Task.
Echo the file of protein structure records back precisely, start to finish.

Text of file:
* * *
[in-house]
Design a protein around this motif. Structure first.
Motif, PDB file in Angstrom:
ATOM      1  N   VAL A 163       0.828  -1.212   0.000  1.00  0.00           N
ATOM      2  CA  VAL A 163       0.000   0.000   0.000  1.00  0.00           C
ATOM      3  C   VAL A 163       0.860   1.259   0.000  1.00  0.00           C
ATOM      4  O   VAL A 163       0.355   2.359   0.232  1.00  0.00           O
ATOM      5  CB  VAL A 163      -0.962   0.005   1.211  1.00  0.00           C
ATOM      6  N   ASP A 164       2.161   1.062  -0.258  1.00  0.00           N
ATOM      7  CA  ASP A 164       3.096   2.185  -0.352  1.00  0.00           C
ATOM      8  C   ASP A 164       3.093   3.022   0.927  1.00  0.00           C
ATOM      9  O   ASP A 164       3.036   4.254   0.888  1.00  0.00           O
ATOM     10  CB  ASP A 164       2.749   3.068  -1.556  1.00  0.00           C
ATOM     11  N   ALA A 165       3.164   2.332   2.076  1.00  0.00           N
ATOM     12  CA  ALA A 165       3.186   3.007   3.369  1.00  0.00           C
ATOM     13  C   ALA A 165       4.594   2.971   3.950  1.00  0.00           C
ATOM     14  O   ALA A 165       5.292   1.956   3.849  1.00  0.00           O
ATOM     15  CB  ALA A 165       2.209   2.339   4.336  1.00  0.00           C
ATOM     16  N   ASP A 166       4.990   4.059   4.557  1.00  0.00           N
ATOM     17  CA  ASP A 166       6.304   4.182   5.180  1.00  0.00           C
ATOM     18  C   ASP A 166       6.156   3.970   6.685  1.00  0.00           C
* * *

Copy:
[in-house]
Design a protein around this motif. Structure first.
Motif, PDB file in Angstrom:
ATOM      1  N   VAL A 163       0.828  -1.212   0.000  1.00  0.00           N
ATOM      2  CA  VAL A 163       0.000   0.000   0.000  1.00  0.00           C
ATOM      3  C   VAL A 163       0.860   1.259   0.000  1.00  0.00           C
ATOM      4  O   VAL A 163       0.355   2.359   0.232  1.00  0.00           O
ATOM      5  CB  VAL A 163      -0.962   0.005   1.211  1.00  0.00           C
ATOM      6  N   ASP A 164       2.161   1.062  -0.258  1.00  0.00           N
ATOM      7  CA  ASP A 164       3.096   2.185  -0.352  1.00  0.00           C
ATOM      8  C   ASP A 164       3.093   3.022   0.927  1.00  0.00           C
ATOM      9  O   ASP A 164       3.036   4.254   0.888  1.00  0.00           O
ATOM     10  CB  ASP A 164       2.749   3.068  -1.556  1.00  0.00           C
ATOM     11  N   ALA A 165       3.164   2.332   2.076  1.00  0.00           N
ATOM     12  CA  ALA A 165       3.186   3.007   3.369  1.00  0.00           C
ATOM     13  C   ALA A 165       4.594   2.971   3.950  1.00  0.00           C
ATOM     14  O   ALA A 165       5.292   1.956   3.849  1.00  0.00           O
ATOM     15  CB  ALA A 165       2.209   2.339   4.336  1.00  0.00           C
ATOM     16  N   ASP A 166       4.990   4.059   4.557  1.00  0.00           N
ATOM     17  CA  ASP A 166       6.304   4.182   5.180  1.00  0.00           C
ATOM     18  C   ASP A 166       6.156   3.970   6.685  1.00  0.00           C